A public hearing regarding the development of the former Hambleton Lumber Sales LLC site attracted more than 40 people to the Washougal City Council meeting last night.
After almost two hours of public comments and council discussion, council members approved a development agreement with the Port of Camas-Washougal and Parker’s Landing LLC, for the land located at 335 S. “A” St. The vote was 6 to 1, with the opposing vote issued by Caryn Plinski.
Prior to that, she and councilman Paul Greenlee voted to postpone a decision on the development agreement. That motion failed 5 to 2.
Earlier, Plinski said the waterfront development could be “an amazing thing to add to Washougal.”
“I want a park, trail, restaurants and shops,” she said. “I’m not sure I’m ready to pass it tonight.”
During the public hearing, Adam Taylor, a leasing manager for Lone Wolf Development, said he does not favor a phased project, which could result in a “half completed development.”
He described the Parker’s Landing plans as “misguided.”
When asked later by councilman Dave Shoemaker to explain that term, Taylor said it is “left up to market demand and the whim of what pencils for them.
“There is not enough information regarding what it will ultimately look like,” he added.
Larry Keister spoke in favor of “rejuvenating” the former Hambleton site.
“It is the first impression of our town [for visitors],” he said.
Charlie Bishop, vice president of mill operations at Pendleton Woolen Mills, talked about the undeveloped and unused commercial space available in downtown Washougal.
He encouraged council members to send the development agreement back to city staff.
“This is an important project,” Bishop said. “It deserves a lot more consideration.”
Roger Daniels presented a historical perspective of the area, by mentioning that a hotel, houses and a park were located at Parker’s Landing in 1853.
“I’m glad local people are taking an interest in this,” he said. “It could be a signature project for the Killians.”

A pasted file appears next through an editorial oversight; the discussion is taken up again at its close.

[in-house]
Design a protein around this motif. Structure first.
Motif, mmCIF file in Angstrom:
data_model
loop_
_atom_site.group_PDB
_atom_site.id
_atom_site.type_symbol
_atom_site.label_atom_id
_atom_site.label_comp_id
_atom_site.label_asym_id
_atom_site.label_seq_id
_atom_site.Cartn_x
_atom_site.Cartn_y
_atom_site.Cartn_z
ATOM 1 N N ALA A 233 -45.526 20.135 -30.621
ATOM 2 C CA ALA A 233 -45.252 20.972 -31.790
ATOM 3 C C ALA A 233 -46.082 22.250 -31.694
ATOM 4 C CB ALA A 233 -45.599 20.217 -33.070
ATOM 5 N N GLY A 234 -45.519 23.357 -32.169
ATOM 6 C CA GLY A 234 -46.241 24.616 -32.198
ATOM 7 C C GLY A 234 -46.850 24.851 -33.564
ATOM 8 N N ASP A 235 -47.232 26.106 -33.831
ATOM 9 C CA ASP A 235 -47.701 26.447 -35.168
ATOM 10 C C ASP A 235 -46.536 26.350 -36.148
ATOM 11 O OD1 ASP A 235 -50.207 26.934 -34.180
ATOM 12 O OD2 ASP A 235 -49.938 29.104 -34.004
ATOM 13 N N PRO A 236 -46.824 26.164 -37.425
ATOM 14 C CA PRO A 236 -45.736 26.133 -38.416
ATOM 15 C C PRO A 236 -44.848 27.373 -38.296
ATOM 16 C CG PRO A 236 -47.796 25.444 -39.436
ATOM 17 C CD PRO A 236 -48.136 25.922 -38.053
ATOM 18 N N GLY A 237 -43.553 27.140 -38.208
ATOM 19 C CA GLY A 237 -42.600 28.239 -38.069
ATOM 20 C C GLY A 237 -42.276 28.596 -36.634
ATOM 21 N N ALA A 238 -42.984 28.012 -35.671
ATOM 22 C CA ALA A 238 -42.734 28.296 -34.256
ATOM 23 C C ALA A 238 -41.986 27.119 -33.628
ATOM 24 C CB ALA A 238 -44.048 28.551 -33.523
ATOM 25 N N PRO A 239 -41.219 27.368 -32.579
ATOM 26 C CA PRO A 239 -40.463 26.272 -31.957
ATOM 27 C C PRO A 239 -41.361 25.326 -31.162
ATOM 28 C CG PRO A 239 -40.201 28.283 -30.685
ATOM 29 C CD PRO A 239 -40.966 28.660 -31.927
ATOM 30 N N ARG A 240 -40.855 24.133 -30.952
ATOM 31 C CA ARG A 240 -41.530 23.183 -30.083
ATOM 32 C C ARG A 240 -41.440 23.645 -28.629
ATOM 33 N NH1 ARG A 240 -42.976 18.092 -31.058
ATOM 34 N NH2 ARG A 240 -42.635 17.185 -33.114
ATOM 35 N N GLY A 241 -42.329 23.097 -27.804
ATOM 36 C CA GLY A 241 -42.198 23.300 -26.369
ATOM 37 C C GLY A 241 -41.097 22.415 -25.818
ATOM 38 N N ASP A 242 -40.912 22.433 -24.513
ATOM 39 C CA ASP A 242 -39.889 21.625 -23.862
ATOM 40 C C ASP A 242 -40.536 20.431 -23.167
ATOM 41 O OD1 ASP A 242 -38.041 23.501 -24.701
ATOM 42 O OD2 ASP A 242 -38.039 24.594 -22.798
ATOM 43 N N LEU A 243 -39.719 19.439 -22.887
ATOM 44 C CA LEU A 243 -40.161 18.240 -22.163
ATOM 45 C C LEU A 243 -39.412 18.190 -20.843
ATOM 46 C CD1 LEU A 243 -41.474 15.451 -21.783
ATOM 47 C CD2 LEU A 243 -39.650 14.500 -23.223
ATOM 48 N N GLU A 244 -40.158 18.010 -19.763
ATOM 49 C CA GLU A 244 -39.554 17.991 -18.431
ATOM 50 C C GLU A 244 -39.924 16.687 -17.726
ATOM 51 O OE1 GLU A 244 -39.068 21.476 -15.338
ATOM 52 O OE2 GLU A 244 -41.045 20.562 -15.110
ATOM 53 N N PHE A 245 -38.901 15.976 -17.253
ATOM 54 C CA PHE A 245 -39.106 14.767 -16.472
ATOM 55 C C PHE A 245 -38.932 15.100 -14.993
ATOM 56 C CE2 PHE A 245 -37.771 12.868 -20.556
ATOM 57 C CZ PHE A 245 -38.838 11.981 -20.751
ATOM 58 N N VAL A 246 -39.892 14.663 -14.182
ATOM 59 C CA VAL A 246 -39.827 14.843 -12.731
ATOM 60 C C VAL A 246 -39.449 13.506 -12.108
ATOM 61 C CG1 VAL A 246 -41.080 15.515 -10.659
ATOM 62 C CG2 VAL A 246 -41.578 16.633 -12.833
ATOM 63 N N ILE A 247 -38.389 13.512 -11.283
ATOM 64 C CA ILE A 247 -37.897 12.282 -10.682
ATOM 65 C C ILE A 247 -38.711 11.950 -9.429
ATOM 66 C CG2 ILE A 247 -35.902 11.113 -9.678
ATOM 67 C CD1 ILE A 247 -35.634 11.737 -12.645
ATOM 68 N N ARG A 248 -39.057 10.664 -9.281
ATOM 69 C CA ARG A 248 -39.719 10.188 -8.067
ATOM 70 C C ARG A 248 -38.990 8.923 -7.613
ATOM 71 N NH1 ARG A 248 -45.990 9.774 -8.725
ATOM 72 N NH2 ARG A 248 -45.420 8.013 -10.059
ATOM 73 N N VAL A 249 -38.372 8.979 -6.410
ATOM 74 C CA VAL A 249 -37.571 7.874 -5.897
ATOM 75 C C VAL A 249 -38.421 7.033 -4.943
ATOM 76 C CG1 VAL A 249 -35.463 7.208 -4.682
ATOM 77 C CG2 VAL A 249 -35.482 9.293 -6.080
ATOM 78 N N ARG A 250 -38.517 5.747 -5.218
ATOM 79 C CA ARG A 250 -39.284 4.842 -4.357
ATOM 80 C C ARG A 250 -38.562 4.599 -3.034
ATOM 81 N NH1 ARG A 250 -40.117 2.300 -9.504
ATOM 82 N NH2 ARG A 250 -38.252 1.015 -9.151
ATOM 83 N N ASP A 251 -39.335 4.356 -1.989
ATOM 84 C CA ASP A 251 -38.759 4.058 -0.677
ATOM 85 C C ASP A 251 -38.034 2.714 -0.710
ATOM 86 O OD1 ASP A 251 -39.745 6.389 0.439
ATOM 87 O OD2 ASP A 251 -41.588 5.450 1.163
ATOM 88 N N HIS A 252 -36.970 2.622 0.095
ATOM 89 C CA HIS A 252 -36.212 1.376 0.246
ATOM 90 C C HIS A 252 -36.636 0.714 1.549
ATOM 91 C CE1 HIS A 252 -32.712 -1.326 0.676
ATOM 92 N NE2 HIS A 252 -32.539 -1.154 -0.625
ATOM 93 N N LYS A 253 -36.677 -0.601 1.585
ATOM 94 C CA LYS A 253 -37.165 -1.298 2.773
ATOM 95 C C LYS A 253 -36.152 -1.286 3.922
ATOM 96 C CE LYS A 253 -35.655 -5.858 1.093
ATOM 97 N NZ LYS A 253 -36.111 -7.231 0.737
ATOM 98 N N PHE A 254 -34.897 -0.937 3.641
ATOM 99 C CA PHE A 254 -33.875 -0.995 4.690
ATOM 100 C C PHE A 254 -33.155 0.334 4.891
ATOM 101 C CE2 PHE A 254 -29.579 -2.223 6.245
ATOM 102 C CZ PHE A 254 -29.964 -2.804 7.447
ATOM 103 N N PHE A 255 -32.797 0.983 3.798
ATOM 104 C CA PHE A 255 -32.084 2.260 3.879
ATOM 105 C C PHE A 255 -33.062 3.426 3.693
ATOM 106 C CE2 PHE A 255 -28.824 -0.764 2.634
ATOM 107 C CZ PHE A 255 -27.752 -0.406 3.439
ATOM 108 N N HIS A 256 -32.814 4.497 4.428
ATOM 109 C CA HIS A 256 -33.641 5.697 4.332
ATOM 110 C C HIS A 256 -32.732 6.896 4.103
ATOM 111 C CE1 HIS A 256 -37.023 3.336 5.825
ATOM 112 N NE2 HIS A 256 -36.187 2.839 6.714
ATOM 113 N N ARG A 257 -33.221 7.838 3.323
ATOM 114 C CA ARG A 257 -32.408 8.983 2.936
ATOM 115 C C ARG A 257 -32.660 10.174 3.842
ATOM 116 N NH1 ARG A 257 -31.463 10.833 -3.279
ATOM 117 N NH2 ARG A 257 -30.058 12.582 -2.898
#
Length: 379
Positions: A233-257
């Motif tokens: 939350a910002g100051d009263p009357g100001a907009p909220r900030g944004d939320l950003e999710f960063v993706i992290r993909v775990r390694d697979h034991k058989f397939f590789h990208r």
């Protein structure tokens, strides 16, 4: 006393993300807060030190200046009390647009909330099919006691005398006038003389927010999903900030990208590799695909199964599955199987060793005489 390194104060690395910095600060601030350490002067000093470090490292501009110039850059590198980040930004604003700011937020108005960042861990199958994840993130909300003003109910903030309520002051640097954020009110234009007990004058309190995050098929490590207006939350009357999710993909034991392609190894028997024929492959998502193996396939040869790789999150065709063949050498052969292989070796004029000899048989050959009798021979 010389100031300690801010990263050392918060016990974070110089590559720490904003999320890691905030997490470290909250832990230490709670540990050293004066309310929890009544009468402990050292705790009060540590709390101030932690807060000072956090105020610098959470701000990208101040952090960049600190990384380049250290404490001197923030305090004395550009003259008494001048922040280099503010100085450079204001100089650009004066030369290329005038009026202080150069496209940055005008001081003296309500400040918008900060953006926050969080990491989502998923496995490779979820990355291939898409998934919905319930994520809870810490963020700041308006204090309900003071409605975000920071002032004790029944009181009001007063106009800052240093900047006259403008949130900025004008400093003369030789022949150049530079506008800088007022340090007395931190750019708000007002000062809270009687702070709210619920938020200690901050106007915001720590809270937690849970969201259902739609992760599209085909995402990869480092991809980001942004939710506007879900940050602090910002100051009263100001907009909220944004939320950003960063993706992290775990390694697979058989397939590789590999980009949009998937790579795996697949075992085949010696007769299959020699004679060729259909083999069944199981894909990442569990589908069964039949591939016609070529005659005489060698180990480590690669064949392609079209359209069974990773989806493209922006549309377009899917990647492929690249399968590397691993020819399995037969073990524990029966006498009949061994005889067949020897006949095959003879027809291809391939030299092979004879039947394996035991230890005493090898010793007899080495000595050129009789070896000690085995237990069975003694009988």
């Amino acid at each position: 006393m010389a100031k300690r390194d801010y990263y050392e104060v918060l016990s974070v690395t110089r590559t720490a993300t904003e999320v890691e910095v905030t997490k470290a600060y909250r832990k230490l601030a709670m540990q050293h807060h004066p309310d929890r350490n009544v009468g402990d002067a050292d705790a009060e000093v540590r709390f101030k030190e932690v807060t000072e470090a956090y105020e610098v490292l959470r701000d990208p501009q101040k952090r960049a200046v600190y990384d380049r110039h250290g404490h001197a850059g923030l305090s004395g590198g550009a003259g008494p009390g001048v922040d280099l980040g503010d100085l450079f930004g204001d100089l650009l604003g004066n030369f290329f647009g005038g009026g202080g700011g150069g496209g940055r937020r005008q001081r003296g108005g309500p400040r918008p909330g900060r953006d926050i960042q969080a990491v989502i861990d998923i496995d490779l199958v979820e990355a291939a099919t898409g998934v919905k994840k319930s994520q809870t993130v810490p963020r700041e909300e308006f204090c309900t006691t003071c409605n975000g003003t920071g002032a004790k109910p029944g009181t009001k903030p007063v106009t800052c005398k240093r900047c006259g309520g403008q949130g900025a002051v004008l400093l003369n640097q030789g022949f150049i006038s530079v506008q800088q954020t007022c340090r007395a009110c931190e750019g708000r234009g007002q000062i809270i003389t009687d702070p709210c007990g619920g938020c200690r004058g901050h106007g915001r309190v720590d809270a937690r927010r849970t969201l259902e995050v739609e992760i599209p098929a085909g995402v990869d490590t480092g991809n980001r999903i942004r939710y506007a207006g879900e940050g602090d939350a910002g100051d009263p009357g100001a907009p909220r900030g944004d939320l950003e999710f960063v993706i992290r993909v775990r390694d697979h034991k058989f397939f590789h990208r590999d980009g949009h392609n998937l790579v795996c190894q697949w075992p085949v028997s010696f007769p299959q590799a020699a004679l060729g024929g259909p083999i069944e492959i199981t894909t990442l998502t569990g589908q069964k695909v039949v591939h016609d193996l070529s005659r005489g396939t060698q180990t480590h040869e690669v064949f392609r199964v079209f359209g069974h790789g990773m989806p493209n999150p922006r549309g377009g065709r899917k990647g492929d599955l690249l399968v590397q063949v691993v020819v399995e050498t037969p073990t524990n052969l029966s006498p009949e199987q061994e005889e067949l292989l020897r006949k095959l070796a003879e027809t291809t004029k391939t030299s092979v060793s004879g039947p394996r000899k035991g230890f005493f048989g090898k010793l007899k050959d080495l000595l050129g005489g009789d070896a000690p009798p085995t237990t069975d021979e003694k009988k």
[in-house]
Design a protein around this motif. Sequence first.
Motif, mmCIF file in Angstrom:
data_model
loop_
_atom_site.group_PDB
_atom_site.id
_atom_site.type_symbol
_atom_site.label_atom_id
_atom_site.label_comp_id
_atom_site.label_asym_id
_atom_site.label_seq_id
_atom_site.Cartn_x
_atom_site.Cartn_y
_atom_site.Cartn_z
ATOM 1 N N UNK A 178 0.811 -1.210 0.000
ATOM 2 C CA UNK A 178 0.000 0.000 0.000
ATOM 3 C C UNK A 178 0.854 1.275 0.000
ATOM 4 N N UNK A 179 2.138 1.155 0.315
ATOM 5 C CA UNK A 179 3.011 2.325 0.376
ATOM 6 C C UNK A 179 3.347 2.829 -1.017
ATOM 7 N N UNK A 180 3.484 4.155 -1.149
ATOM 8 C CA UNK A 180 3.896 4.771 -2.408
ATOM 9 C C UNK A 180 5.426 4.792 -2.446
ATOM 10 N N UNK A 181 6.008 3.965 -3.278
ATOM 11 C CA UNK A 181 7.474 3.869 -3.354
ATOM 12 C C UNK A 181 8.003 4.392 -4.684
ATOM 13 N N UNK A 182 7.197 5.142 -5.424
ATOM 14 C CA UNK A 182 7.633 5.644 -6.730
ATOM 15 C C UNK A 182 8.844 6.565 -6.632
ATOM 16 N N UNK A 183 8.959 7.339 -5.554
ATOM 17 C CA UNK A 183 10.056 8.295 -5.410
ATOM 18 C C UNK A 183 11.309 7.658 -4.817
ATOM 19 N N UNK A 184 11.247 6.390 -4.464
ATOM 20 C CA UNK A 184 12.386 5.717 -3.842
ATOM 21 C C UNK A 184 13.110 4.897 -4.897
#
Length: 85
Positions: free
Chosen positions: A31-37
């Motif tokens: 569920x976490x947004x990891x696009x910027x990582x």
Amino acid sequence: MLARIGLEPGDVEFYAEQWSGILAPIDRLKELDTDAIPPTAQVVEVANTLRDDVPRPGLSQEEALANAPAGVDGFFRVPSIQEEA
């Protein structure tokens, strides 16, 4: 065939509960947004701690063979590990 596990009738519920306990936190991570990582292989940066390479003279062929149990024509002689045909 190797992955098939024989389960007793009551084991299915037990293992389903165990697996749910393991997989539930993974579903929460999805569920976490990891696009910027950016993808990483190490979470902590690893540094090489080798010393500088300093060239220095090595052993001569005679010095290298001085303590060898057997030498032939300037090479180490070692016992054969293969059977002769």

Rick Thomas, of Washougal, said the development agreement process “feels very rushed.”
“I need to see how it would harmonize with the seeds planted in downtown,” he said.
Alex Yost, co-owner of OurBar, in downtown Washougal, talked about the former Hambleton property.
“I don’t see a vacant lot,” she said. “I see the river.”
Steven Clark, of Washougal, said the highway commercial zoning worries him.
“I can’t imagine how it won’t draw away from downtown,” he said.
Clark hoped the retail element would be withdrawn from the project.
Joseph Graves, of Washougal, said jobs with anchor and co-anchor tenants come and go.
“Market demands trump good intentions,” he said.
Lance Killian, with Killian Pacific and Parker’s Landing LLC, described the development as a “tremendous, once-in-a-lifetime opportunity for the area.”
John Hartman, of Portland, works with an investments firm.
“Downtown Washougal is really special,” he said. “Washougal is rising in conversations. Go carefully with real estate developments.”
Hartman said the waterfront property sets the tone for the area.
“People can connect with the outdoors and the gorge or Target and Winco,” he said.Councilwoman Joyce Lindsay expressed support for the development agreement.
“I love downtown Washougal and what Wes Hickey and Lone Wolf have done, but we need more,” she said. “The trails and development will be an asset to the community.”
Killian expects the development process to begin in two to five years.